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Oil demand unlikely to increase

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Oil production has been slashed as demand dropped during the Covid-19 pandemic. Image credit: shipsandports.com.ng

The oil industry is in tatters after lockdowns and restrictions during the outbreak of the Covid-19 pandemic. The bad news is that is it highly unlikely that demand for oil will increase any time soon.  

Shutdowns because of the Covid-19 pandemic has decimated the global oil and gas industry. For the oil relying African economies like Nigeria, Angola and Equatorial Guinea, the impact has been devastating. What makes matters worse is that the demand for oil and refined products is not expected to pick up any time soon.

Absa Corporate and Investment Banking (CIB) head of natural resources Shirley Webber predicts that the reduced demand for oil and refined products as a result of national lockdowns across sub-Sahara Africa could last for at least another six months.

Webber says national shutdowns have affected fuel and refined products, primarily because of less traffic on the roads, and no passenger flights being allowed following the closure of many international borders. Oil companies have not been able to make up for this reduced demand by selling to customers operating in essential services as large sectors of economies were shut down because of the lockdowns.

“We expect that this reduced demand scenario will persist for some time with consumption levels only expected to reach pre-Covid-19 levels towards the end of 2021. How oil companies and traders will survive during this period will largely depend on their operating models,” says Webber.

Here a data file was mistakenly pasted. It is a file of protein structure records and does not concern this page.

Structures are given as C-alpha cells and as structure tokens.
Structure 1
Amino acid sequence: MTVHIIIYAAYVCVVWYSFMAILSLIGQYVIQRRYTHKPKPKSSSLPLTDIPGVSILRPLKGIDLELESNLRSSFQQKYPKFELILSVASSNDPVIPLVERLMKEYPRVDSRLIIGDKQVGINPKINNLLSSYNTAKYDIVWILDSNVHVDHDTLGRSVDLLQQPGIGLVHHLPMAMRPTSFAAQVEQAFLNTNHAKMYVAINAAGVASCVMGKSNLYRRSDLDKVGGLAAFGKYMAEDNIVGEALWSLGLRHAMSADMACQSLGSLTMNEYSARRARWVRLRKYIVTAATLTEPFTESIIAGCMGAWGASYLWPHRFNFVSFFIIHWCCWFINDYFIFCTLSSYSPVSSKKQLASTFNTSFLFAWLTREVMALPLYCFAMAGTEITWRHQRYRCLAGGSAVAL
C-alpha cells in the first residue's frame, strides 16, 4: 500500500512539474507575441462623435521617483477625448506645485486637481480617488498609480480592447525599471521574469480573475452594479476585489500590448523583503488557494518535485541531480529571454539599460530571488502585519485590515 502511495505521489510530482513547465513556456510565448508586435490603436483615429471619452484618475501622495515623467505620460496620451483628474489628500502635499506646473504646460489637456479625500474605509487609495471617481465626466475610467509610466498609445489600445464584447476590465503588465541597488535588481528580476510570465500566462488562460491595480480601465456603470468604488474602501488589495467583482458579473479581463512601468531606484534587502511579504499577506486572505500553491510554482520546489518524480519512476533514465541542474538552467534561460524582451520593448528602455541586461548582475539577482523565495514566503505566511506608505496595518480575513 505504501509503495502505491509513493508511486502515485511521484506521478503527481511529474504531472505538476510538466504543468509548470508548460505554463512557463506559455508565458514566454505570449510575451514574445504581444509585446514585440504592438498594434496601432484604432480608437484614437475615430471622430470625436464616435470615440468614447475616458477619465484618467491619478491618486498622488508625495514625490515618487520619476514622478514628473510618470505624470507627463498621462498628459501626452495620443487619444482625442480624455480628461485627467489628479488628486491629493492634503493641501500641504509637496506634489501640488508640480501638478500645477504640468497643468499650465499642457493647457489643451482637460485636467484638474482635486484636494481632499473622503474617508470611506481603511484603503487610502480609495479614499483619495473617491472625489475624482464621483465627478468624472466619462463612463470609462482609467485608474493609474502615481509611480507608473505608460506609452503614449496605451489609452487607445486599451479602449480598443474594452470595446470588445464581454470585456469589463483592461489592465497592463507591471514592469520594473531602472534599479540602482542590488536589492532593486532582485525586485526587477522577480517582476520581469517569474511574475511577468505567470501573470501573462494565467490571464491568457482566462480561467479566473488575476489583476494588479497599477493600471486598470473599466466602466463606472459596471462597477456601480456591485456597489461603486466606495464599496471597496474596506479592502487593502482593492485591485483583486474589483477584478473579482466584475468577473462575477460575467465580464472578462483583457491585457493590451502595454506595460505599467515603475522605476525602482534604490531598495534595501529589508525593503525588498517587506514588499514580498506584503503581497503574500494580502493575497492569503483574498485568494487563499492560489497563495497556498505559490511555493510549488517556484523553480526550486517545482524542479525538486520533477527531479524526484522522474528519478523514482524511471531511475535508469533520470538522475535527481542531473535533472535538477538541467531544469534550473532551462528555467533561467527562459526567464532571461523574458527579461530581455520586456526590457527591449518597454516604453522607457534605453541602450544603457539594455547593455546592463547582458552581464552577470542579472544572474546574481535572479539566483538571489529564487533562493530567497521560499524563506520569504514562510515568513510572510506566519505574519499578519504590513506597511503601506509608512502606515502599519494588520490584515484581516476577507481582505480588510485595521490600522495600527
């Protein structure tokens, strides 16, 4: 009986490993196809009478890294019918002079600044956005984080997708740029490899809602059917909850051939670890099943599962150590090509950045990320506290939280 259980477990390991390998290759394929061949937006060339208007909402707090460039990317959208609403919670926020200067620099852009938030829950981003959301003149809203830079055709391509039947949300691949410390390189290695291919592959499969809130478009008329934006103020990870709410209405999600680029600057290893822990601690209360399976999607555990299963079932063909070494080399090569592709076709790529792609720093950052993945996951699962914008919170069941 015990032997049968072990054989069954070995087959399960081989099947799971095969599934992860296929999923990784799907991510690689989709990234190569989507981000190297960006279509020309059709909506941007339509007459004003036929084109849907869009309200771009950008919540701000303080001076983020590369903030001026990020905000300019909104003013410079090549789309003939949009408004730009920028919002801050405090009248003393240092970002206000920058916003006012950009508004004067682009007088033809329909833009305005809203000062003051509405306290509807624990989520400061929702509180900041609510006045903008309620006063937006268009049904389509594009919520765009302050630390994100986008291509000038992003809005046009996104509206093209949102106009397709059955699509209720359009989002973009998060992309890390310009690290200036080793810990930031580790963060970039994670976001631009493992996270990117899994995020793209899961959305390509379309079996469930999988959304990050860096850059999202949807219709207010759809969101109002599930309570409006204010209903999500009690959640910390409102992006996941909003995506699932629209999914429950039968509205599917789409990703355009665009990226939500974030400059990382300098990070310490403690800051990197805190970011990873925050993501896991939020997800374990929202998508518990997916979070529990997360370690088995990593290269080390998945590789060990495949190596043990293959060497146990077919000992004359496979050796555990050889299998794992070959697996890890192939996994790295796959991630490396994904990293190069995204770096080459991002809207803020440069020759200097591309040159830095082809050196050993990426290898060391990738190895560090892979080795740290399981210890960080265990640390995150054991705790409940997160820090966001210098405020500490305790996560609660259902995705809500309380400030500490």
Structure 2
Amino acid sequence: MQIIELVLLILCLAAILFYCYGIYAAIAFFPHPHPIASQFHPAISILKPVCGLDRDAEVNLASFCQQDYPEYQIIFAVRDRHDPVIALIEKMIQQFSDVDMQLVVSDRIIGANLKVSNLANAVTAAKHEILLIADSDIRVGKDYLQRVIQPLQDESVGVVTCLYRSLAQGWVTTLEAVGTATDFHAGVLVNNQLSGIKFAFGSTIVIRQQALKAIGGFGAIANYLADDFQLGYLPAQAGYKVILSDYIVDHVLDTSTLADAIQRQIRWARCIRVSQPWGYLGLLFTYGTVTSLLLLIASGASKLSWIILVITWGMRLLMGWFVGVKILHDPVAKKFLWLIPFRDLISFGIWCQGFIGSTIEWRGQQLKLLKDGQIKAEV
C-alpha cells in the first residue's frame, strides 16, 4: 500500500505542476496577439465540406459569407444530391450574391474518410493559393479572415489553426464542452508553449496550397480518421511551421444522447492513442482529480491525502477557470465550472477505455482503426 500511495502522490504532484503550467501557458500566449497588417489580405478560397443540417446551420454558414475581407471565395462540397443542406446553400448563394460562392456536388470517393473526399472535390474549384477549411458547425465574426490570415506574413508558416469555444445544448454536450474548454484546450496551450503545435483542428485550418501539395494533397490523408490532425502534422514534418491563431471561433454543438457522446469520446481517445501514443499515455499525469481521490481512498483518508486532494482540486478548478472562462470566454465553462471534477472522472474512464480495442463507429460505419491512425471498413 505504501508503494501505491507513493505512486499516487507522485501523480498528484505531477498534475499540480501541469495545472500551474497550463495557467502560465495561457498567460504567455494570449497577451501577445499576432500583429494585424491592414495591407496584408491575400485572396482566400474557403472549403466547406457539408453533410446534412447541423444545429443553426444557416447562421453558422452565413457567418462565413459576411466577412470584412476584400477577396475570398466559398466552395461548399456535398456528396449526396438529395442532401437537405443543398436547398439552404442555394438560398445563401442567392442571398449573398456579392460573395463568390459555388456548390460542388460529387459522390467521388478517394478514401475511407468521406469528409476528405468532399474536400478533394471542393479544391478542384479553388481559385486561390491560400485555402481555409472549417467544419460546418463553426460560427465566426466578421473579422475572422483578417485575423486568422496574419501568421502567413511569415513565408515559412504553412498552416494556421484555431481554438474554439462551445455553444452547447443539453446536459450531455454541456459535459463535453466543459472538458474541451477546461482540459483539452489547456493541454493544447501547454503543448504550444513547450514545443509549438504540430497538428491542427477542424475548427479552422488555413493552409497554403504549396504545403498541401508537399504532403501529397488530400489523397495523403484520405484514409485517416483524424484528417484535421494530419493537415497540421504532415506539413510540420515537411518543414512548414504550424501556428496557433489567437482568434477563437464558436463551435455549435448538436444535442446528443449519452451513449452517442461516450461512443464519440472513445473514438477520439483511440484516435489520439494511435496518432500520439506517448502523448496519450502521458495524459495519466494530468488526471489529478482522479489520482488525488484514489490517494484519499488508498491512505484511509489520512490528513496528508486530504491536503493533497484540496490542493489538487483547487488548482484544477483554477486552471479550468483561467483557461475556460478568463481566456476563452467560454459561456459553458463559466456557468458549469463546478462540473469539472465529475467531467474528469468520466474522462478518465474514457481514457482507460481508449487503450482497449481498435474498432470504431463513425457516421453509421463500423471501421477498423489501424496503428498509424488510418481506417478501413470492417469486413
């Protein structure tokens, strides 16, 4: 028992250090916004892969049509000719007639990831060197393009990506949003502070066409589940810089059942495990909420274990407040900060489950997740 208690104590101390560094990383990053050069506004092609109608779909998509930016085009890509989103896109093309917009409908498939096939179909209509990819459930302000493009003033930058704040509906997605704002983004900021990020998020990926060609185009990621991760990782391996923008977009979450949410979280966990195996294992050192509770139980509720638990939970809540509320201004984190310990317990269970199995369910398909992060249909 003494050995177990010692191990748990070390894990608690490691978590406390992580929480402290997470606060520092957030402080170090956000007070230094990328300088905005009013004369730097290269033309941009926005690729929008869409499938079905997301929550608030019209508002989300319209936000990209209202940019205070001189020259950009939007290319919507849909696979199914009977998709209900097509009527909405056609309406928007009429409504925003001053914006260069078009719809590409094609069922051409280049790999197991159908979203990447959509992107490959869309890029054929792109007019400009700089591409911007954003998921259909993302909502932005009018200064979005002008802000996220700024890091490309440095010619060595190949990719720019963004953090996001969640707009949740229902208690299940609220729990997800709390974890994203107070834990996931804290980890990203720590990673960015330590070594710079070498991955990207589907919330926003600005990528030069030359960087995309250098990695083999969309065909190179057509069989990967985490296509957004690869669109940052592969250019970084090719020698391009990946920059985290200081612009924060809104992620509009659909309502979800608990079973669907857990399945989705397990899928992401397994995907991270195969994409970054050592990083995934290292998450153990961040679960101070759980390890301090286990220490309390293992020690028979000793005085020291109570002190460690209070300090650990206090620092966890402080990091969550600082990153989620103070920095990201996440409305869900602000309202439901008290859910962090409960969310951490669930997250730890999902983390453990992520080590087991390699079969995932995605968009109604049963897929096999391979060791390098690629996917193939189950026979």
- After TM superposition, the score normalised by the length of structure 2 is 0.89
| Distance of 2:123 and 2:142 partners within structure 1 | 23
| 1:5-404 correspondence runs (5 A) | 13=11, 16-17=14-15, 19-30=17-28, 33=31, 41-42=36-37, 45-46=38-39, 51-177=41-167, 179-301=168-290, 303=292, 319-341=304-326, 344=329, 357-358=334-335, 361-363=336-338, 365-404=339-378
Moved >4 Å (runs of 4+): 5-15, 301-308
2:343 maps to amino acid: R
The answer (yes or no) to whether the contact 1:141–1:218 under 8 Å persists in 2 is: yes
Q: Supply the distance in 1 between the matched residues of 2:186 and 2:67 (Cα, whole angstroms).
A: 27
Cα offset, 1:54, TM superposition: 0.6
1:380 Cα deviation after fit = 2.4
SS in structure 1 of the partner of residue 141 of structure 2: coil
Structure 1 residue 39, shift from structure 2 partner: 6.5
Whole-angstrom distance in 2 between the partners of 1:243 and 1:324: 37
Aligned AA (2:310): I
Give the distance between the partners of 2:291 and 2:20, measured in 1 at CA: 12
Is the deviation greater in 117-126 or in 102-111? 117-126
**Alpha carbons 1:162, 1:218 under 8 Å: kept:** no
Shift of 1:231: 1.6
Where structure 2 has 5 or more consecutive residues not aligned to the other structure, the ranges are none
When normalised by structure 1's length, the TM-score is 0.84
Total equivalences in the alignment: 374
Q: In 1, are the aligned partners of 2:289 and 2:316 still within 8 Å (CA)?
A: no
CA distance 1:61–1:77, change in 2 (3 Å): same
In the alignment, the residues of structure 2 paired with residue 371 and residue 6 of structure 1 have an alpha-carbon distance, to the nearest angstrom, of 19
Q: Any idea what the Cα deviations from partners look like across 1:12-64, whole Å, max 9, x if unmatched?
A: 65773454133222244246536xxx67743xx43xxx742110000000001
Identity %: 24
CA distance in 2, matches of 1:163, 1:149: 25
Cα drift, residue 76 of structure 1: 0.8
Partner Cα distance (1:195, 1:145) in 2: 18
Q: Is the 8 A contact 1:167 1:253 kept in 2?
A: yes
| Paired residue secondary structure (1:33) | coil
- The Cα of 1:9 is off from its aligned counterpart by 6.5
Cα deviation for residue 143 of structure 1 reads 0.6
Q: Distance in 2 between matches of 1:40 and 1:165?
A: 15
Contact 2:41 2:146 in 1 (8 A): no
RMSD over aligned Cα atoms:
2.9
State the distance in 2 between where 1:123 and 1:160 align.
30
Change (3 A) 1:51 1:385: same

Cashflow of oil companies has been affected by reduced capacity at refineries, as people have been buying less fuel and oil products due to restrictions on travel in many countries. In response, the oil majors have been forced to reduce their refinery capacity to save costs and preserve cashflow by between 25% and 40%. Some have slashed their capital expenditure budgets by as much as 30%.

Webber says the key lesson of the COVID-19 induced shutdowns is the importance of risk management, especially when it comes to hedging strategies to protect balance sheets against currency and commodity price volatility.

For example, we have seen the oil sector, in some cases, hedging their production at between USD60 and USD90 a barrel. Had they not done that they would have been in serious trouble. The price of oil has dropped to record lows in the last four months and is unlikely to recover for a while based on current trends and developments,” says Webber.

She adds that another important lesson is to ensure access to adequate liquidity facilities on the right commercial terms, such as tenor. “Absa has been engaging with its clients to understand their liquidity requirements and how they are managing under the current stressed economic conditions. Reduced demand can put pressure on cashflows and balance sheets, which emphasises the importance of a company having ready access to a standing facility which can be used during times of trouble,” Webber advises.

“What is important is that the terms of such facilities have to be favourable and not too onerous on the business because there is balance you need to strike in order to preserve both the business and your ability to operate under stressed scenarios such as these we are witnessing globally,” she concludes.


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AgricultureEnvironmental Management & Climate ChangeEnergyESGInfrastructureMiningPolitical EconomyTourism and ConservationWater Management